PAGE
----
Traditional Medicine Fails to Provide a Safe and Long-Lasting Treatment for Knee Pain
Many approaches to this condition have followed only traditional methods and often without any lasting results. Traditional methods like Non-steroidal anti-inflammatory drugs (NSAIDS) i.e. Tylenol, Advil, Ibuprofen, and Aleve; cortisone shots, and surgeries introduce some serious risks.
Take for example Tylenol, which is often used to fight arthritis pain. Tylenol is the leading cause of acute liver failure in the United States.1 Cortisone shots are temporary and with repeated injections they decrease joint cartilage, weaken the ligaments of the knee, and increase inflammation; and for knee replacement surgeries, 7.5% of patients have complications within 90 days, 1 in 400 people die within 30 days of the surgery, and other risks include blood clots, infections, nerve damage and artery injury.2 Those are a lot of risks to take for pain relief that for many is just temporary.
A New Approach to Treating Knee Pain
Our approach is much different and the treatment a patient receives is determined on an individualized, case by case basis because no two people are the same.
Treating knee pain successfully involves more that just one type of medication, injection, or rehabilitation. This condition is complex and therefore deserves a complex approach.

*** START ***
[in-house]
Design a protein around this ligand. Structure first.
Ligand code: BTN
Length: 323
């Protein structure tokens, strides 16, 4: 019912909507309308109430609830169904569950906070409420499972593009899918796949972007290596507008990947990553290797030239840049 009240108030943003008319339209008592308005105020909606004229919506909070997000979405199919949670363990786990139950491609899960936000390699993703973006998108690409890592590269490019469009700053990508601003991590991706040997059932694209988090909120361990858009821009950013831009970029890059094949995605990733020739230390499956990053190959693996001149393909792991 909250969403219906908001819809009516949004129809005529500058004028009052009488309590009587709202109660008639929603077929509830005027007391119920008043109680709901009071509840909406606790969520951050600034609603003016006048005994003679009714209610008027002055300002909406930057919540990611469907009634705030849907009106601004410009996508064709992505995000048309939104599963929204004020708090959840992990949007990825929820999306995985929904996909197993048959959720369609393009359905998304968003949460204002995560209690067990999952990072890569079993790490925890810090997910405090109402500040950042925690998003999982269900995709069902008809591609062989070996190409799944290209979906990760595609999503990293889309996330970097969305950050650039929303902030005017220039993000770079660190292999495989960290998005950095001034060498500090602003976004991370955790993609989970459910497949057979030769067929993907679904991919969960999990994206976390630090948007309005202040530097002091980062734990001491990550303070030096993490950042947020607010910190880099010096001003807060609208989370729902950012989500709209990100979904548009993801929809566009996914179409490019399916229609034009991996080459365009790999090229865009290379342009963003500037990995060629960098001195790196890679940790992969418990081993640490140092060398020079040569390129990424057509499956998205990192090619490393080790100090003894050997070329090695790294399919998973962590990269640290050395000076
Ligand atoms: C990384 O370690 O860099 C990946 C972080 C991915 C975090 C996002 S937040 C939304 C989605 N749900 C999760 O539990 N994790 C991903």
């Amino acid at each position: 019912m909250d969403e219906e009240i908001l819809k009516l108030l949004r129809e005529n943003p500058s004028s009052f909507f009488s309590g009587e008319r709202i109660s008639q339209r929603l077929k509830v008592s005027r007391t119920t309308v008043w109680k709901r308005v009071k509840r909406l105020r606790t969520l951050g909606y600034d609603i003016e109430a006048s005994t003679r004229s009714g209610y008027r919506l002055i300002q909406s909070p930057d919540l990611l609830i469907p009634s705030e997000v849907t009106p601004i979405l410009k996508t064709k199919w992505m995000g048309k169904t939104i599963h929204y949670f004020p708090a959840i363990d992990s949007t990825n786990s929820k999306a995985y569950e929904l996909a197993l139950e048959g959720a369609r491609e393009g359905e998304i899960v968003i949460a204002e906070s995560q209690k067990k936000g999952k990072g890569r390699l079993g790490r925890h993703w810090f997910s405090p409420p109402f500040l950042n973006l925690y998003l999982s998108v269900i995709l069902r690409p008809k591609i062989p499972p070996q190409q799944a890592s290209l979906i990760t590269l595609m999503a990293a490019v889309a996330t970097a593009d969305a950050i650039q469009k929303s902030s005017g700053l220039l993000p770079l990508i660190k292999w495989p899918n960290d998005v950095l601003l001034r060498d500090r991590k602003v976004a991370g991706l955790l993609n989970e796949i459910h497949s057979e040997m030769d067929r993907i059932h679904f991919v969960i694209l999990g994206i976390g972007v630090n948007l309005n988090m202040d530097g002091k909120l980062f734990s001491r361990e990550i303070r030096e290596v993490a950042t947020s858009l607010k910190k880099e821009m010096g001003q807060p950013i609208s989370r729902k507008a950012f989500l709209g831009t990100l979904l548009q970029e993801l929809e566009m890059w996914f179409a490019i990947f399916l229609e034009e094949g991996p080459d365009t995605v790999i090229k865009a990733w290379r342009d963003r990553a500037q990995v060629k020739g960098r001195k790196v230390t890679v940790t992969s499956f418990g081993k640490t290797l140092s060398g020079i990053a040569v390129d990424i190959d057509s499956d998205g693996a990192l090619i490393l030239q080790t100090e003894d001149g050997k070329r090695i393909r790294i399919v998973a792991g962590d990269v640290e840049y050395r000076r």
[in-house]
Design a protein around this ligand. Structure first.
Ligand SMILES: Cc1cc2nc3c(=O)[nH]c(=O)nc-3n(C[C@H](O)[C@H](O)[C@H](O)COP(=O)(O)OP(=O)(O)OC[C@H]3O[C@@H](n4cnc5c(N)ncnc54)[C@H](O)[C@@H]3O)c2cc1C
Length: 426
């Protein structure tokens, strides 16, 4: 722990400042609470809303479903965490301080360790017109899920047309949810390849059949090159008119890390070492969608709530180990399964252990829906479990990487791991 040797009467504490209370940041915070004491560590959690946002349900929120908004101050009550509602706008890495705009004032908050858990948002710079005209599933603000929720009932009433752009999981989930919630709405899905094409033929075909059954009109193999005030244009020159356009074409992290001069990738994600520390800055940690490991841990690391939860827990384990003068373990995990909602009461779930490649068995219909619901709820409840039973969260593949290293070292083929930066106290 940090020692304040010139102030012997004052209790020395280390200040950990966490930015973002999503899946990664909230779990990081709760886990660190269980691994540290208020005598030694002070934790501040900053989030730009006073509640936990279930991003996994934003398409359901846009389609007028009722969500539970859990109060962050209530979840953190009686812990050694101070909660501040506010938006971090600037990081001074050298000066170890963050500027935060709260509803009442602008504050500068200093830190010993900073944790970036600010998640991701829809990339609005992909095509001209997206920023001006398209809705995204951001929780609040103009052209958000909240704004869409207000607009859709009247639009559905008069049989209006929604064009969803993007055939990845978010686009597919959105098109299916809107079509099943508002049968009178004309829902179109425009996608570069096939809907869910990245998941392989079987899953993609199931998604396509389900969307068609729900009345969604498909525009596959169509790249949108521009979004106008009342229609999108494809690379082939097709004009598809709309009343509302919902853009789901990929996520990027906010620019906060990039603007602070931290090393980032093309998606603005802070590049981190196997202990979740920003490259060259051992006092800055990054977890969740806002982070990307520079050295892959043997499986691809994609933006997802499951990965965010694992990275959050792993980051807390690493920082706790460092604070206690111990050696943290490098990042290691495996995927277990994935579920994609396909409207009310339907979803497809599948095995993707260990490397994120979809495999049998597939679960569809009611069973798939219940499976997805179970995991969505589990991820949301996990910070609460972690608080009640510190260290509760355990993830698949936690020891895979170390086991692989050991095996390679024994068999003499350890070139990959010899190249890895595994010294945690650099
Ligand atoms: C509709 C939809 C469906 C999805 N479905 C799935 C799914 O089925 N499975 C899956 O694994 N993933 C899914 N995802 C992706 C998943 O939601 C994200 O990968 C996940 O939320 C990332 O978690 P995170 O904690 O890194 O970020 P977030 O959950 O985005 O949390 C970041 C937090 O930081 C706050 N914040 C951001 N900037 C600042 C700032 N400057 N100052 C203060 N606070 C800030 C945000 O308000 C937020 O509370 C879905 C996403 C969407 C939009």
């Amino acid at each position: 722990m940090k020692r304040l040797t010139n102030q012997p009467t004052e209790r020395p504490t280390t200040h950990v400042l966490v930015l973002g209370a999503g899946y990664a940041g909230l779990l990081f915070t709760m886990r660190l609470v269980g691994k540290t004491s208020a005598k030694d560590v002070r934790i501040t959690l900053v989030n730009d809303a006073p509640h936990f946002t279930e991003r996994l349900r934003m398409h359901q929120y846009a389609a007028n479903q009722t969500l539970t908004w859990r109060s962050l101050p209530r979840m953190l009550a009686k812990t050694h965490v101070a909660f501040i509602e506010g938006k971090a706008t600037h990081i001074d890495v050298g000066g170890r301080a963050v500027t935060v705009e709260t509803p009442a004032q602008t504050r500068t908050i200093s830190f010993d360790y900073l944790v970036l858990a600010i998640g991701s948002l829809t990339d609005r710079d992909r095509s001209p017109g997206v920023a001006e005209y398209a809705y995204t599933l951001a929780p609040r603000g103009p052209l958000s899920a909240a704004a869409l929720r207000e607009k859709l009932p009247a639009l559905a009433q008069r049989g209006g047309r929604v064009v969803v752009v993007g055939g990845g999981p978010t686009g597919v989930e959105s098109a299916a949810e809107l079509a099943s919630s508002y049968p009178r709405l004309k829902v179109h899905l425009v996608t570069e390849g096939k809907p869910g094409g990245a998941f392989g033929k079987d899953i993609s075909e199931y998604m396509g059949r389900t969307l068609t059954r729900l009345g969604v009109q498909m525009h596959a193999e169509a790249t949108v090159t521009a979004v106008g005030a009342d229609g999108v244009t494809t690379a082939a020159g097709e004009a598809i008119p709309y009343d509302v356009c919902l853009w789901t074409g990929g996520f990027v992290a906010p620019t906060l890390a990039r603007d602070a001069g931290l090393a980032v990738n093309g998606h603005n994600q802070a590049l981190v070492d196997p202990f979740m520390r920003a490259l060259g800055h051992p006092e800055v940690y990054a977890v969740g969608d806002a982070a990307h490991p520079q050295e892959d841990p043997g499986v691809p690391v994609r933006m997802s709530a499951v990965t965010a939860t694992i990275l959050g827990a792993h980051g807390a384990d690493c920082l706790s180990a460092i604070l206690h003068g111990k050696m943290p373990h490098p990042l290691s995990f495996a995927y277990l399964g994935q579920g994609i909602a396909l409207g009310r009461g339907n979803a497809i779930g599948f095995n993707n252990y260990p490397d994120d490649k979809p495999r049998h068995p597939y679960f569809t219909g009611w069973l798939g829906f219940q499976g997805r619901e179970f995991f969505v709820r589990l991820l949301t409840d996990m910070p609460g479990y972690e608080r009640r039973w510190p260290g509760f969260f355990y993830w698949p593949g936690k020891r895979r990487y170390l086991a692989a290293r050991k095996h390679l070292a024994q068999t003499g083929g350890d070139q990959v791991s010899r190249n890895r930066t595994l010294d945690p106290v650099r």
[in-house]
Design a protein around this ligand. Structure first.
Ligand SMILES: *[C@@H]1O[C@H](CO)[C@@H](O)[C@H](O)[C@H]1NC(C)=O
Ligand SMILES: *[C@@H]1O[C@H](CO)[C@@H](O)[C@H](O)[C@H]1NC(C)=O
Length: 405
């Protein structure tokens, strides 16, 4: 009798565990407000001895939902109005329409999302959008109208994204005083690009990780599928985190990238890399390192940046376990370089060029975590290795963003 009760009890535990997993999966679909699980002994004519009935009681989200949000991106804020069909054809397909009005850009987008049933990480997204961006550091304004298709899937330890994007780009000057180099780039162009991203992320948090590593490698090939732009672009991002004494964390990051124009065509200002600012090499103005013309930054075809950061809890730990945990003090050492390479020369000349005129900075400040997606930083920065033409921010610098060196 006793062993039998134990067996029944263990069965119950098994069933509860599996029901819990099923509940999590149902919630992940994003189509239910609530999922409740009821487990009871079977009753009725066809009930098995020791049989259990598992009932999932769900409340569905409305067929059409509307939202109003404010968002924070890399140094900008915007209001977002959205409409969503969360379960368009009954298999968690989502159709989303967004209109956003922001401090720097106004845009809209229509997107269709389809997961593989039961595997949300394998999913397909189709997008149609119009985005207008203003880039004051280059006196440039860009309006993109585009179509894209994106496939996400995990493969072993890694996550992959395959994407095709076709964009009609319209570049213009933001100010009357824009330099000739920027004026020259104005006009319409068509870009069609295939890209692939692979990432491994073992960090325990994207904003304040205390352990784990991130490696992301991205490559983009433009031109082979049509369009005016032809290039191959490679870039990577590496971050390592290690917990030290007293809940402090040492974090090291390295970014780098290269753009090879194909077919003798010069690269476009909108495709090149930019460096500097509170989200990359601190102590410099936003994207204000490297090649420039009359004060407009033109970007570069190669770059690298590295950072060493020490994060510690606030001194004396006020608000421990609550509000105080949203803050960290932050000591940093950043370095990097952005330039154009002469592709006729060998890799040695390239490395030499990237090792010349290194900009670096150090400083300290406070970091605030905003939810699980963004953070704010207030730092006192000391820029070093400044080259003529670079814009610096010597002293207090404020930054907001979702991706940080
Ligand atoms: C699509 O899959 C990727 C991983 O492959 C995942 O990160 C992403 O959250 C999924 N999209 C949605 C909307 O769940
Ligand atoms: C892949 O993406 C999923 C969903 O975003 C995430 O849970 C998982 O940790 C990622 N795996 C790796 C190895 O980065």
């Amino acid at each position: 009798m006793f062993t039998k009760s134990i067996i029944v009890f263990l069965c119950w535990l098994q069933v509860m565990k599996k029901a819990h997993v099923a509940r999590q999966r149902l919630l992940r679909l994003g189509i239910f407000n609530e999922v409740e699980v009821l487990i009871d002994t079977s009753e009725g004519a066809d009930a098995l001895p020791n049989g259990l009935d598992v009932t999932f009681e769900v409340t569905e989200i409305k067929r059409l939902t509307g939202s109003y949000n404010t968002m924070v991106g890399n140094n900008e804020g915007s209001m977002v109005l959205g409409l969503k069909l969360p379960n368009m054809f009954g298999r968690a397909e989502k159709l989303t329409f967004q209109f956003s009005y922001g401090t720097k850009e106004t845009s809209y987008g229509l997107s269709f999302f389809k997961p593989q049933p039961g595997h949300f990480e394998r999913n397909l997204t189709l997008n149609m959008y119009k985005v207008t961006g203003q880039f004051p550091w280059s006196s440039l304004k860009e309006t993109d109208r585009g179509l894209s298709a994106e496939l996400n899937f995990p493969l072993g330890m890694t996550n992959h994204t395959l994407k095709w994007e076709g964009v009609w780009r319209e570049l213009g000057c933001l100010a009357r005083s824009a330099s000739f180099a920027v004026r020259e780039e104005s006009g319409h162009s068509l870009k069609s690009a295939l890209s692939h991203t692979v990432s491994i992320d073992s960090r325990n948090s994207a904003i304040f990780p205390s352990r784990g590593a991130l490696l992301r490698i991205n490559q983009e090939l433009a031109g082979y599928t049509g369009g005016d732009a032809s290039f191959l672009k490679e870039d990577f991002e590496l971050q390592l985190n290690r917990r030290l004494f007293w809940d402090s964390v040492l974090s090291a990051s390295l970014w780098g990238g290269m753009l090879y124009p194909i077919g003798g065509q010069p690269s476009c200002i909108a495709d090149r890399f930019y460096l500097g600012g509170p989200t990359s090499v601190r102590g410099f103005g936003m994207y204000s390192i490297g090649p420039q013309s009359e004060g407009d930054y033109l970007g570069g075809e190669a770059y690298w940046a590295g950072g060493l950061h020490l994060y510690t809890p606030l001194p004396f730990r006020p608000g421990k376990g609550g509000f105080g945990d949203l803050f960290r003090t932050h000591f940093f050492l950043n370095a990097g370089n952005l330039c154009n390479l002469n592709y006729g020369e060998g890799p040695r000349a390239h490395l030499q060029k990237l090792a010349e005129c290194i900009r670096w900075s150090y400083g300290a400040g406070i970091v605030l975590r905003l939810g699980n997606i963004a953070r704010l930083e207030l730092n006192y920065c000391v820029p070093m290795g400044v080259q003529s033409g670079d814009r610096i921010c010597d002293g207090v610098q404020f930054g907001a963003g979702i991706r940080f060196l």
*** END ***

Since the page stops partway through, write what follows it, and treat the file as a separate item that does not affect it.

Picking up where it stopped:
We specialize in treating chronic pain conditions like arthritis with non-invasive techniques and without medications.
We look at this condition from every angle and have designed programs that use the most advanced treatments available to help reduce and/or eliminate the patient’s pain quickly to deliver long term, lasting relief.
Click here to learn more about our Physio-Therapy treatments for knee pain.
Click here to learn more about our Stem Cell Therapy for knee pain.
Listen to What a Patient Has to Say
1. “Acute Liver Failure Causes.” Mayo Clinic, Mayo Foundation for Medical Education and
Research, 10 July 2014,
2. “Risks and Complications of Total Knee Replacement Surgery.” Healthline,
Healthline Media, 20 Feb. 2015,